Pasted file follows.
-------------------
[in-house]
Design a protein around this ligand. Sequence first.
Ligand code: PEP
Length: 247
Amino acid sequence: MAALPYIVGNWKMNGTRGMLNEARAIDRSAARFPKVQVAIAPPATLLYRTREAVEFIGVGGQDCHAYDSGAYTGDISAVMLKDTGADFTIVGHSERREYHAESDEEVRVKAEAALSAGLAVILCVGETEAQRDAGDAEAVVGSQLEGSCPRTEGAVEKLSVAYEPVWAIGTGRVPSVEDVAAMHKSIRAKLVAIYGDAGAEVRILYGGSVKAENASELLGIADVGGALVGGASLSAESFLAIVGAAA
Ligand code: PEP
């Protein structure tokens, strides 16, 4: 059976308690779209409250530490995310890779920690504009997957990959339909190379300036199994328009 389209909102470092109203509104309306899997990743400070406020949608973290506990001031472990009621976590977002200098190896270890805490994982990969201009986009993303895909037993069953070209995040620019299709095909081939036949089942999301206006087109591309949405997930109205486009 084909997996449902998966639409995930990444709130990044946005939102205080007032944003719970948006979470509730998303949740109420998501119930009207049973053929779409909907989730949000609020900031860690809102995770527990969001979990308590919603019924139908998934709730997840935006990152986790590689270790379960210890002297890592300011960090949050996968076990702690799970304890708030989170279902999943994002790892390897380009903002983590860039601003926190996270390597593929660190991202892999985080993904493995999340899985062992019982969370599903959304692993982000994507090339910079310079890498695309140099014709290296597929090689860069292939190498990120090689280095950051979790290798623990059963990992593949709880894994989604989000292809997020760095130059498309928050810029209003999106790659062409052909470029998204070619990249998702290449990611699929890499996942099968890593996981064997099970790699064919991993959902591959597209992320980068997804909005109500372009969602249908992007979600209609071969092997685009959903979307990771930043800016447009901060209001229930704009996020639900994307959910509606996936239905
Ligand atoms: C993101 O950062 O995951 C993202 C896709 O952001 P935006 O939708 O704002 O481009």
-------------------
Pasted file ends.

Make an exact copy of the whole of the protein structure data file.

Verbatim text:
[in-house]
Design a protein around this ligand. Sequence first.
Ligand code: PEP
Length: 247
Amino acid sequence: MAALPYIVGNWKMNGTRGMLNEARAIDRSAARFPKVQVAIAPPATLLYRTREAVEFIGVGGQDCHAYDSGAYTGDISAVMLKDTGADFTIVGHSERREYHAESDEEVRVKAEAALSAGLAVILCVGETEAQRDAGDAEAVVGSQLEGSCPRTEGAVEKLSVAYEPVWAIGTGRVPSVEDVAAMHKSIRAKLVAIYGDAGAEVRILYGGSVKAENASELLGIADVGGALVGGASLSAESFLAIVGAAA
Ligand code: PEP
């Protein structure tokens, strides 16, 4: 059976308690779209409250530490995310890779920690504009997957990959339909190379300036199994328009 389209909102470092109203509104309306899997990743400070406020949608973290506990001031472990009621976590977002200098190896270890805490994982990969201009986009993303895909037993069953070209995040620019299709095909081939036949089942999301206006087109591309949405997930109205486009 084909997996449902998966639409995930990444709130990044946005939102205080007032944003719970948006979470509730998303949740109420998501119930009207049973053929779409909907989730949000609020900031860690809102995770527990969001979990308590919603019924139908998934709730997840935006990152986790590689270790379960210890002297890592300011960090949050996968076990702690799970304890708030989170279902999943994002790892390897380009903002983590860039601003926190996270390597593929660190991202892999985080993904493995999340899985062992019982969370599903959304692993982000994507090339910079310079890498695309140099014709290296597929090689860069292939190498990120090689280095950051979790290798623990059963990992593949709880894994989604989000292809997020760095130059498309928050810029209003999106790659062409052909470029998204070619990249998702290449990611699929890499996942099968890593996981064997099970790699064919991993959902591959597209992320980068997804909005109500372009969602249908992007979600209609071969092997685009959903979307990771930043800016447009901060209001229930704009996020639900994307959910509606996936239905
Ligand atoms: C993101 O950062 O995951 C993202 C896709 O952001 P935006 O939708 O704002 O481009």